CHARLES KINGSLEY.،،(CANON KINGsley. )SOT is twenty years ago, or more, that ayoung man of letters -who, indeed, hadnot won his spurs, and was rather to becalled a boy of letters after teaching a class ofworking- men Mathematics and the rudiments ofLatin, strolled into the coffee- room belonging to theInstitution , " and looked with some interest on itswalls. Heaven knows they were bare enough;Heaven knows that the rough working- men hetaught were uncouth and rude , and that they onlythanked him by learning quickly, and that thereligious and political bookseller who had beggedhim to join the Institution, and to work for thebenefit of the working- classes, was a humbug; butthere was a glamour and an illusion, and the youngfellow felt that he was doing something towardsimproving mankind , and making the world, in hislittle way, something better than he found it. This,=314 MODERN MEN OF LETTERS.then, was his reward, and as he looked at the whitewashed walls, he felt that he was not living quiteuselessly.The Institution has broken up now, and to Latinand mathematics the working-men have unmistakably shown that they prefer the Great Vance's"Walking in the Zoo, " " Champagne Charley, " anda host of ridiculous songs. But in those days therewas much stir among the people; 1848 had beenand passed, but the Charter and the Five Pointswere still debated . The masses were seething. InFrance, Lacordaire preached the Gospel, and withit the benefit of the poor. The Abbé Lamennaishad made a social tract of some of the words of theSaviour, under the title, we think, of " The Gospelof Freedom; " and before the spectator, upon the whitewashed walls of the Institution, hung two remarkable portraits: one was that of Eugene Sue, thenso well-known for his socialist novels; the other thatof Charles Kingsley, M.A. , author of "Alton Locke. ”M. Eugene Sue, who had been in the FrenchNavy, was a man of some forty-five years of age;unmistakably a Frenchman, although utterly differentfrom the old Frenchman of the haute noblesse, andequally so from the modern production. He had athick black beard and moustache, a high black satinstock, with a black satin waterfall over his shirt- front,short black hair, dark eyebrows, and glowing brightCHARLES KINGSLEY. 315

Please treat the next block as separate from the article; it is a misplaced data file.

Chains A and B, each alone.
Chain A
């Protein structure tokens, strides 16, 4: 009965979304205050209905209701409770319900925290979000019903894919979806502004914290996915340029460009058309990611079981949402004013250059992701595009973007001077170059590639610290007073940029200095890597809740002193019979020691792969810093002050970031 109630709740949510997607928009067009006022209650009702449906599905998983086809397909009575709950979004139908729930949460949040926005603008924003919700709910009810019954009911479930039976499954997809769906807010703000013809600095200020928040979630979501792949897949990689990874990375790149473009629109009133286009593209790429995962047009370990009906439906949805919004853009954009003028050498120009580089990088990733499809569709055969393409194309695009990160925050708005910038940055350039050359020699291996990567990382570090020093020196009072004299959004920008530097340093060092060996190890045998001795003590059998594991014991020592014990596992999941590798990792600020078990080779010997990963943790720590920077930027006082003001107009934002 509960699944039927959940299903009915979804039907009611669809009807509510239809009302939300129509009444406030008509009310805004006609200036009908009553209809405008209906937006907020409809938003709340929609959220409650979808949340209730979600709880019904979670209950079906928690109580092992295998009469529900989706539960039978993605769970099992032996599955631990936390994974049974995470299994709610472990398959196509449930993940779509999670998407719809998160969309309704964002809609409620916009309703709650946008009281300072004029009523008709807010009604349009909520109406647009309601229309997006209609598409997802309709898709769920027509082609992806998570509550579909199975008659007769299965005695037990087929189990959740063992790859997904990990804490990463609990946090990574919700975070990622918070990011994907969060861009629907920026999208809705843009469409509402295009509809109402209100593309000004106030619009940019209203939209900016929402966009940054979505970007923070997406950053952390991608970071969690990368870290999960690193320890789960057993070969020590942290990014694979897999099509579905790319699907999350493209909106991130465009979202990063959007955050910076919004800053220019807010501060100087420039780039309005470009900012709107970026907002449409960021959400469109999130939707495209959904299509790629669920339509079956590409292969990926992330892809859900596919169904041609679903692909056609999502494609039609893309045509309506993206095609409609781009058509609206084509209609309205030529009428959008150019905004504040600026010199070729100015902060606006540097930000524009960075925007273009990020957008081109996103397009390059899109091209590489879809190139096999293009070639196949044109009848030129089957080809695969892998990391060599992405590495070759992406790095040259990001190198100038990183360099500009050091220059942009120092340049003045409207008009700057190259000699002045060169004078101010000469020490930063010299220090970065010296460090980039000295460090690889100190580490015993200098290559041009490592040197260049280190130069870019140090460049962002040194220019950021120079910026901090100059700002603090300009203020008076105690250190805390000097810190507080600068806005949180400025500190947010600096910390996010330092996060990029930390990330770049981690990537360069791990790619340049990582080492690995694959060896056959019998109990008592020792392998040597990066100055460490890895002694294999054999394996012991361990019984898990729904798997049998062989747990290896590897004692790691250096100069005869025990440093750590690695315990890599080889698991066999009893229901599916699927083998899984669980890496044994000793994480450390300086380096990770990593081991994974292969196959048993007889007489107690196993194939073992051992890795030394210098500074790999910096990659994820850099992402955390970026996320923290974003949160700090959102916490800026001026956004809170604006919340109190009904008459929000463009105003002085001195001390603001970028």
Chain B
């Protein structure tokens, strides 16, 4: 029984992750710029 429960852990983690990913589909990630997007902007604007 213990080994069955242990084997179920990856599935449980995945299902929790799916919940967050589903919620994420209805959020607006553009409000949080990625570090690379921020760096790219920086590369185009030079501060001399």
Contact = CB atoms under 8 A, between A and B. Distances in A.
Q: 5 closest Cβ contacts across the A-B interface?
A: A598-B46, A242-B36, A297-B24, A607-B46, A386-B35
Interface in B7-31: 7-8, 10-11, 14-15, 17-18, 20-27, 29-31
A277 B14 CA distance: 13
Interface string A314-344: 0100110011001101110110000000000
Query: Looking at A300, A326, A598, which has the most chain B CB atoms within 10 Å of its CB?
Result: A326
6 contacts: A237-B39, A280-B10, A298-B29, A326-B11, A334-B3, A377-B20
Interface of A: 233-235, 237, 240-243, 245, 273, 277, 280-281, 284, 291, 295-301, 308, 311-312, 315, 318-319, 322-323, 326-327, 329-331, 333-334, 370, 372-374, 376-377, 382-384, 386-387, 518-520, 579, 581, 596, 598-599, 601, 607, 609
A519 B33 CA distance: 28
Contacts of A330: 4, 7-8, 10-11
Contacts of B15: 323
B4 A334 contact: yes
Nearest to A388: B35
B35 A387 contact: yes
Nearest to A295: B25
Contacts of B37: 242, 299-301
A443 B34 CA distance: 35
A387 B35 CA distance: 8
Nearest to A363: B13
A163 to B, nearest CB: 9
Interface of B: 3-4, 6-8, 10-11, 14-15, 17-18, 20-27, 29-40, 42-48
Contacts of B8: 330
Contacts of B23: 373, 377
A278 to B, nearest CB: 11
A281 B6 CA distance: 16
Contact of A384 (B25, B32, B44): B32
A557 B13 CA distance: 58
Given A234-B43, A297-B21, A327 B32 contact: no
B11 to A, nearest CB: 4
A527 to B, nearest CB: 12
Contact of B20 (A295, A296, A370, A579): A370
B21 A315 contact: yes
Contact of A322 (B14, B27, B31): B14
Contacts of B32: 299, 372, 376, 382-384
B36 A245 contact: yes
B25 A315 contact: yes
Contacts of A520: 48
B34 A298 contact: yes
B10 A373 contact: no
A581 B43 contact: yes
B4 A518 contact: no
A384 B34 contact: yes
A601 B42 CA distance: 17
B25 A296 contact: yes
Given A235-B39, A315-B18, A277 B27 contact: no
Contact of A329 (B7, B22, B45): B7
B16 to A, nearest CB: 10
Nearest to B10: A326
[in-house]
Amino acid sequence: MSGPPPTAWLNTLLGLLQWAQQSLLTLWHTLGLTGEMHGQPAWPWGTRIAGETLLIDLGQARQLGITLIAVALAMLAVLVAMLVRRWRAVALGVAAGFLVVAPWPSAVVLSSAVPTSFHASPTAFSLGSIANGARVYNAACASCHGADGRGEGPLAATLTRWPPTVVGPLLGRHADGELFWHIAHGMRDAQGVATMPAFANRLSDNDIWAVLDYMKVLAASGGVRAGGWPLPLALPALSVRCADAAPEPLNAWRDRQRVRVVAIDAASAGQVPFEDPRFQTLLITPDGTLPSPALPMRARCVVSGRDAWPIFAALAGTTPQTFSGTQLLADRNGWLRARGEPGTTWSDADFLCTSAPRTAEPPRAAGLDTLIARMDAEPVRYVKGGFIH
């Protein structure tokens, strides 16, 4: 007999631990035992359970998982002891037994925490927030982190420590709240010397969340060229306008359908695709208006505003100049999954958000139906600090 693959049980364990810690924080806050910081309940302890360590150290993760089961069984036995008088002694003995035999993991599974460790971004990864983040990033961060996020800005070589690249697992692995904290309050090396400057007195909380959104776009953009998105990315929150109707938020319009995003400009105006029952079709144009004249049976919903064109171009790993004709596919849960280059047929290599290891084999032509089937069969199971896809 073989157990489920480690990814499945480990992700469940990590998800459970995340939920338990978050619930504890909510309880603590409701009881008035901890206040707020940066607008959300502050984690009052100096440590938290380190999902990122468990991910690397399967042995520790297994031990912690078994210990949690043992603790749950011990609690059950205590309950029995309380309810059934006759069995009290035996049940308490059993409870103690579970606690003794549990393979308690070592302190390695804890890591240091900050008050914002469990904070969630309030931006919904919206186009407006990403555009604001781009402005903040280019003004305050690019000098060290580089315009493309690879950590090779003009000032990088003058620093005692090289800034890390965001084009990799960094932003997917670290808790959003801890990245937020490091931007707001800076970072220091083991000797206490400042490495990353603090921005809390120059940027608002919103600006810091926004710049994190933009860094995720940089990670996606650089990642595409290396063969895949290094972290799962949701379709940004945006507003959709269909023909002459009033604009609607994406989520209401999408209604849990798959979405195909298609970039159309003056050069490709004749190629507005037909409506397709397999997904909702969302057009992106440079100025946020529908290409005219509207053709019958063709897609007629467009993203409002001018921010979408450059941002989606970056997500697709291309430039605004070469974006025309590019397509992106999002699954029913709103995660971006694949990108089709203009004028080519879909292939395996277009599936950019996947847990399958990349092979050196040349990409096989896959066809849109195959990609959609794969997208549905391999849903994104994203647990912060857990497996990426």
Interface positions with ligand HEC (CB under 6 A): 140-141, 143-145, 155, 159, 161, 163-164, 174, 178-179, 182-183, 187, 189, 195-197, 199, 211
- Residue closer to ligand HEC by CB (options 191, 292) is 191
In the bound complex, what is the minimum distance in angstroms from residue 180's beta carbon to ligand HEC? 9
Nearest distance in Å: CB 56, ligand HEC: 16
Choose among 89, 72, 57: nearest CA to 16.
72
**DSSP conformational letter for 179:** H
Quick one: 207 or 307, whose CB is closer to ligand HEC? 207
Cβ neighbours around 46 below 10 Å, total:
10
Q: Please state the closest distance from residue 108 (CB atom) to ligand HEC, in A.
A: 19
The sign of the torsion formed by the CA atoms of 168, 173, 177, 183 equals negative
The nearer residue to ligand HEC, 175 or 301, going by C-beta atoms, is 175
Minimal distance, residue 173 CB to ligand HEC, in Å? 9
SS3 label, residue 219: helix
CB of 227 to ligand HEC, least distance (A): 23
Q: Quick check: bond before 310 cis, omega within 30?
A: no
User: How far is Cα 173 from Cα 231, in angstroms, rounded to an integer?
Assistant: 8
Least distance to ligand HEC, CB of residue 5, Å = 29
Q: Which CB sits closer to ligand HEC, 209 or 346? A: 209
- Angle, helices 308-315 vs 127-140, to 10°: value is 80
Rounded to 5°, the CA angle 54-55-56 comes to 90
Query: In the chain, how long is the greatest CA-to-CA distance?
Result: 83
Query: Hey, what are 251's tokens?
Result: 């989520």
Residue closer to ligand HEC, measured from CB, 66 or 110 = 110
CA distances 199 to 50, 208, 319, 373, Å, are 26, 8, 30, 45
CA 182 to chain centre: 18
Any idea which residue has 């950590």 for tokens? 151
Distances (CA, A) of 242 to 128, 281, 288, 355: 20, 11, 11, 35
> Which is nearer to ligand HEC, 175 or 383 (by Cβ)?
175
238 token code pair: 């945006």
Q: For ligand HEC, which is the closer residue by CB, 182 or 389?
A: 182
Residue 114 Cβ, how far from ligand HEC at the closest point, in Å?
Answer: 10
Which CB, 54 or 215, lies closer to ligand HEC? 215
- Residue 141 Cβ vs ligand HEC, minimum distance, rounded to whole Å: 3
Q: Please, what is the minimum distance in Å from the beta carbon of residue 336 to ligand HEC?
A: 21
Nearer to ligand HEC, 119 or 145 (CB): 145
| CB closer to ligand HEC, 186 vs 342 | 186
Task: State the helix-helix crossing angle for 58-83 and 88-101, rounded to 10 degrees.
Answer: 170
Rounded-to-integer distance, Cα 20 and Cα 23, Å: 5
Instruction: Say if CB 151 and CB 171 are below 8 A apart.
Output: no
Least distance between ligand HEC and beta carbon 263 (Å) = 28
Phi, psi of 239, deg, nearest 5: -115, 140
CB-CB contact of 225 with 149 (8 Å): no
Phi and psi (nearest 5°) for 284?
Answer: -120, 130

eyes, looking straight at the spectator, and seemingto say, "How clever I am!" The pendant, the Rev.Charles Kingsley-in the subscription of the picturehe had dropped the " reverend "-was as entirelyEnglish as Eugene Sue was French . A high nobleforehead, large, earnest, deep- set eyes (which thelithograph had made hollow as if with thought andwork) , a firm, close- shut mouth, and large andpowerful jaw; here was a poet as well as a parson ,a fighter as well as a writer, a leader as well as apriest. Waving black hair, now thinned by time,adorned the head, and earnest, glowing, lustrous,and true- hearted eyes shone out from beneath theforehead, and seemed to speak openly to whomsoever listened , " Come, let us work together for thegood of mankind. Love me, for I love you; or if Ican't convince you, then-—” Such was CharlesKingsley, as good and as free- natured a soul as one.would care to see. And yet the Devil was about totry him in many ways; has tried him both withadversity and prosperity, and he is still a noblehearted man.The young fellow turned away from the whitewashed wall and solaced himself—not to be abovehis fustian- coated pupils-with some smoked coffeeand very coarse bread and butter, for which the' institooshun," as it was called by the greasy cadof a religious bookseller who tried to make the،،316 MODERN MEN OF LETTERS.thing pay, and to pass off his " goody " literatureat the same time-for which, as we said, the"institooshun " pocketed a sum that would haveafforded good viands. But the method of themajority of those who wanted to help the Workingman in those days, was to get a good round sumout of him, and to make him pay for it too. Hencethe Institution fell to the Great Vance, to comicsingers and such obscene birds of prey, who servedout the working- man as the Harpies did the fleshof the Pater Æneas:"With hideous cryAnd clattering winds, the hungry Harpies fly:They snatch the meat, defiling all they find ,And parting leave a loathsome stench behind. "And even at the time these portraits hung in theInstitution, it did not pay. The typical working- man,who really wished to learn Latin and mathematics,soon rose to be more than a working-man, and theloafer who cared about nothing, remained a loafer.After all these years this young author has found itconvenient for himself to believe that the typicalworking- man is , like all good and great men, somewhat of a rare bird, and to acknowledge-as hegrows towards fogey-dom-that the young men ofthe present day would rather play at croquet withthe girl of the period, or even dress in " drag, " playat an amateur theatre, burn statues in a collegeCHARLES KINGSLEY. 317quadrangle, or listen to the Christy Minstrels, thanteach the typical working-man mechanics and therudiments of Latin.Mr. Charles Kingsley was at that time veryfiercely assailed by Reviews. The critic- creaturecame out as usual very strong, and fired away blankcartridge with amazing vigour. It did not do anyharm, of course, because Kingsley has long beentutor to a prince, a companion of Prince Albert, afriend of the Queen, an University Professor, and aCanon of the Anglican Church. It has even beenwhispered that he will be a Bishop! -and oh!please, do you hear what, according to the Reviews,he was. He was an author of revolutionary literature, the inciter to ferocity, railing, and mad oneeyed excitement; he was guilty of Jacobinism andJacquerie under the disguise of Christian Socialism;he was pupil of Albert, Ouvrier, and Louis Blanc;he believed in the visionary organisation of Labour.He is by implication in the same article found guiltyof doctrines as outrageous as the maddest ravings offurious insanity—as wicked as the most devilish spiritcould by possibility have devised. Murder is openlyadvocated all property is declared to be robbery, &c.This was from a leading article in the Times, foistedneck and crop into the Quarterly, in which the Rev.F. D. Maurice and the Rev. Charles Kingsley figureas culprits at the bar. Nay, we find by a quotation318MODERNMEN OF LETTERS.that they and (we presume) their fellows are Communists to the utmost extent. (Vide Quarterly Review,vol. lxxxix. p. 523 , 1851.) "Community of womenfollows, as an almost necessary consequence, thecommunity of goods; " and then follows a quotation ,whence taken it does not appear, but from “ one ofthese Teachers of the People." (One of twenty- onebooks reviewed side by side with Kingsley's andMaurice's. ) " We do not require to introduce thecommunity of women; it has always existed. Yourmiddle- class gentry are not satisfied with having thewives and daughters of their wages- slaves at theirdisposal-not to mention innumerable public prostitutes but they take a particular pleasure inseducing each other's wives. Middle-class marriageis, in reality, a community of wives. ”✓Why do we make these painful extracts? Simplyfor the instruction of young authors. Few names aremore honoured than Charles Kingsley's; no man hasever been more chivalrously devoted to his home;no lady or Queen of Beauty in the highest tourneythat ever existed-aye, even in that cloud- land ofKing Arthur's Court-was ever more proud or fondof her own true knight than she who bears his name;nor is there wanting that sweet after- glow of marriedlove, sublimed with sorrows, deepened by trials,rooted by the lapse of years, intensified by a knowledge of general baseness, but a belief in the purityCHARLES KINGSLEY. 319of one, and a thousand times more beautiful becauseten thousand times more rare than ring-dove cooingof the young couples whose love shines brightly inthe morning, but perishes long before the noon oflife . Few names are more honoured, few men somuch, so worthily beloved, and yet hardly one, as wehave shown, who has been so bespattered with thecorroding gall of critics' ink .Charles Kingsley was born, June 12, 1819, atHolme Vicarage, on the borders of Dartmoor, and atfourteen became pupil of the Rev. Derwent Coleridge,son of S. T. C. He afterwards studied at King'sCollege, London; then at Cambridge, where hegained a scholarship , several prizes, and came out afirst-class in classics and second in mathematics.His first cure was Eversley, and within a year- and- ahalf after that, the rectory becoming vacant, it waspresented to him by its patron , Sir John Cope. TheKingsleys, here let us say, are of an ancient Cheshirefamily, Kingsley of Kingsley. One ancestor raiseda troop of horse, and the commission, signed byIreton and Oliver Cromwell, is preserved still . Ayounger brother of this Republican captain wentwith the Pilgrim Fathers to America; and a descendant, Dr. Kingsley, was some years ago classicalprofessor at Yale College, U.S. There was fightingblood generally in the family. General Kingsleycommanded a brigade at the battle of Minden, so320 MODERN MEN OF LETTERS.well known by Campbell's glorious ode. Severalothers have served and fought, and Kingsley hashimself not only been called the Chartist parson ,but the soldier-priest. Now, even when ' tis pastmeridian with him, he has a tall, lithe form, a broadshouldered Norman figure, the flat cheek and strongchin of Norman blood; and he is still a capital rider,an unwearied fisherman, cunning with the angle andfly; and once he was one of the best wrestlers andfoot leapers, both at the high and flat leap, knownabout Dartmoor. But we have to do with feats ofmind, not of the body.The old Puritan stock of piety grafted on Coleridgean philosophy, enlightened by such far- offtouches of the great man as his son Derwent, anable pupil, caught, produced a very genuine andsingular school of work- a-day Christianity-perhapsthe very best known. How it has culminated,whether it has not overgrown even the breadth ofMaurice and Stanley, we will not here debate, butwhen Kingsley began, a more noble- minded youngpriest seldom if ever preached . He was a devotee ofthe tenth or fourteenth centuries landed on the nineteenth. When he was twenty- seven he wrote his"Saint's Tragedy, " a magnificent unacted drama, fullof the social brotherhood that underlies all Christianity, and to which it has come before now, and willeventually come. And this " Saint's Tragedy, " howCHARLES KINGSLEY. 321pure, how noble it is! How it made the hearts of usyoungsters beat; and let us thank God that it wasbetter, purer, nobler far than the poetry (?) of theBal Mabille and the Montagne Rouge, of the Casinoand the Alhambra, that our fervent young Mr. Swinburne gives us now. Compare Kingsley's " ElizabethofHungary" with " Faustine! " Takethe erotic youngMr. Swinburne, with his biting, bruising kisses andhis prayer," Come down and relieve us from virtue,Our Lady of Pain, "and Kingsley's Monks' refrain," A luxu et avaritiaA carnis illectamentisDomine libera nos; '""and then, thank God, oh! younger brothers; for asour outcome has been dressing "in drag " and thegirls of the period , young men with painted faces andhenna dyed eyelids, what, by the rule of contrary,will your outcome be? With this we leave you forthe present, giving you to meditate till we finish thisarticle next week upon the aim of Kingsley when hewrote " The Saints' Tragedy, " and drew the picture ofElizabeth of Hungary, thus depicted by his friend ,the Rev. F. D. Maurice: " To enter into themeaning of Self- Sacrifice-to sympathise with onewho aims at it—not to be misled by counterfeits of it-not to be unjust to the truth which may be mixedY322 MODERN MEN OF LETTERS.with those counterfeits, is a difficult task, but anecessary one for any one who takes this work inhand. "Looking back from this distance of time, wealmost wonder that all lovely minds did not gatherto the author of the " Saints ' Tragedy" after the publication of that remarkable poem. It contained notonly poetry of a very high order, but its characterand its comedy are equally good . Its intent is alsoas apparent as the daylight. But all minds, oneneed scarcely remind the reader, unless in gentlestsatire, are by no means lovely. The majority,perhaps, are unlovely and unloveable. A storm ofblame, mingled with faint praise , chiefly given to theweaker parts, and laid on where it was not required ,followed Kingsley. He little recked it, but seemsto have abandoned poetical play-writing, leaving thatto R. H. Horne, to Richard Bedingfield, JohnWatkins, Westland Marston, and a host of acted andunacted dramatists. Horne had written about thattime his " farthing epic, " a magnificent poem, published at the price of one farthing, to show at whatprice the Philistine Englishmen, in the author'sopinion, appraised true poetry. Kingsley therefore leftpoetry, and took to studying modern matters, chieflypolitical, although his verse has the true ring andswing in it, and is political not only in a present butin a paulo - post- future sense , as this example will show:CHARLES KINGSLEY. 323" The day of the Lord is at hand, at hand!Its storms roll up the sky:The nations sleep starving on heaps of gold;All dreamers toss and sigh;The night is darkest before the morn;When the pain is sorest the child is born,And the day of the Lord is at hand.Gather you, gather you, angels of God—Freedom, and Mercy, and Truth;Come! for the Earth is grown coward and old;Come down and renew us her youth.Wisdom, Self- Sacrifice, Daring, and Love,Haste to the battle-field, stoop from above,To the day of the Lord at hand. ”At that time there was working in many ways aremarkable man, Bohemian pur sang, a litterateur,a newspaper writer, the originator of Punch, achemist, a discoverer of the way of calcining carbon,until it became pure diamond-only without thelustre which gives the diamond value-an inventoreven of patent buttons, a dreamer and a reformer—Henry Mayhew. This gentleman had, in the fallingdays of the Morning Chronicle, shed some lustreupon its pages by his articles as its commissioneramong the working districts of England. Then followed "London Labour and London Poor," a seriesof papers gathered from working- men themselves, anundigested heap of curious and frightful matter,showing under what burden the tired -out TitanEngland was staggering along. The subject wasY 2324 MODERN MEN OF of immense interest, and awakened many.Charles Kingsley, among the rest, looked upon thebusiness of reclaiming those poor. There were thosewho would work, those who could not work, andthose who would not work, and heart and soulKingsley plunged into that matter. He and theRev. F. D. Maurice preached more than once on thecondition of the poor, and held that it was wrong forone class to be doomed to ignorance, want, andmisery, while another lived like chartered libertinesin luxury, ease, and too often in vice. Kingsley hadmixed much with the workers, and the result wasone of the most powerful novels ever written"Alton Locke, Tailor and Poet. " It is full ofcharacter, full of Christian sympathy with, and lovefor, the strugglers and toilers . Of course they whocould only see one side of the matter, at oncebranded the author as a Chartist Parson . Thecharacter of Alton Locke seems to have been basedupon that of Thomas Cooper, the author of thePurgatory of Suicides," a most remarkable poem,the product of two years of imprisonment for defending the rights of the poor, and for being the mouthpiece of much of the want and discontent of theworkers of the North. Branded as a Chartist andas an atheist, he was one but not the other. ThomasCooper, like a great-hearted man that he was, foughtnobly with his political doubts and troubles, and has66-CHARLES KINGSLEY. 325"been for some years landed in the safe keeping ofChristianity. With the same honest love for hisbrethren that he always had, this Christian lecturerhas atoned for past errors of faith by continually lecturing and preaching in aid of truth in the very hallin the City Road where he once taught infidelity.By the side of Alton Locke, tailor and poet, theremove in the novel various life- like characters, one ofthe best of which is Sandy Mackaye, newspapereditor, lecturer, Chartist spouter, and general exciter,but of a noble nature, and one who wishes well tohis fellows . Strong in his conviction, Sandie-whoin our opinion has a great touch of Carlyle in him,to whom, indeed, we fancy Kingsley was somewhatindebted, as far as a painter is indebted to a layfigure-bursts out and tells Alton Locke to " Singawa'; get yoursel' in child wi' pretty fancies andgran' words, like the rest o' the poets, and gang tohell for it." "Why?" asks Alton Locke. The oldeditor lifts up his fine head, and, pointing to amiserable court, tells him that a merely pretty poetis but " a flunkey and a humbug, wasting God's giftsand kenning it, for the charms o' vanity o ' selfindulgence. " Then pointing again to the alley, hecries: " Look! there's not a soul in that yard but'seither beggar, drunkard, thief, or worse. Writeaboot that! Say how ye saw the mooth o' hell, andtwa pillars thereof at the entry-the pawnbroker's326 MODERN MEN OF o' one side and the gin- palace at the other—twa monstrous deevils , eating up men and womenand bairns, body an' soul. Look at the jaws o' themonsters. " "What jaws, Mr. Mackaye?" "Thefaulding doors o' the gin- shop, goose. Are na theya mair damnable man- devouring idol than any red- .hot statue o' Moloch, or wicked God- Magog, whereinthey auld Britons burnt their prisoners? Look atthae bare-footed, bare- backed hizzies, with theirarms roun' the men's necks, and their mouths fullo' vitriol and beastly words! Look at that Irishwoman pourin' gin down the babbie's throat! Lookat that raff o' a boy gaun out o' the pawnshop, wherehe's been pledging the handkerchief he stole in themorning, into the gin-shop to buy beer poisoned wi'grains o' paradise, coculus indicus, and saut, and a'damnable, maddening, thirst- breeding, lust- breedingdrugs! Look at that girl that went in wi' a shawlon her back and cam' out wi'out ane! Drunkardsfrae the breast! -harlots frae the cradle! -damnedbefore they are born! John Calvin had an inkling o'the truth there, I'm a'most driven to think, wi' hisreprobation deevil's doctrines. " " Well- but-Mr.Mackaye, I know nothing about these poor creatures. ""Then ye ought. What do ye ken about the Pacific?Which is maist your business? You a poet! "This, the reader will think, is strong language,but it is not a whit too strong. It awakened many aCHARLES KINGSLEY. 327}large-hearted man, and the world is the better forits having been written. It is not dead yet. TheQuarterly Review had, of course, an immense deal tofind fault with in this Chartist Socialist. His temper,it said, was almost ludicrous, as if any one couldwrite in a fine sweet temper, with such want, misery,and wretchedness about him. "Whatsoever of realhonesty, charity, good sense, and good feeling thestory evolves, is (with almost, if not quite, a singleexception) among the rich-all the contrary qualitiesare among the poor; and every page is full of themerits of the poor, and the follies and crimes of therich. "* Exactly so, Mr. Reviewer, because Kingsleyhad a purpose to serve, and because, as SandyMackaye says, the circumstances of many of thepoor make them " damned before they were born. " Itis precisely against that system that Kingsley wrote.It was not alone with writing that he was contented. He established, with the aid of others, aTailors' Labour Agency, or Working Tailors' Association, and other associations in other trades followed, all having some measure of success. Nextcame "Yeast, " a novel in three volumes, full of thewrongs of the agricultural poor, and containing-forCharles Kingsley is a lyrist of no mean order, andwhen the fit is on him, writes songs that live—a fine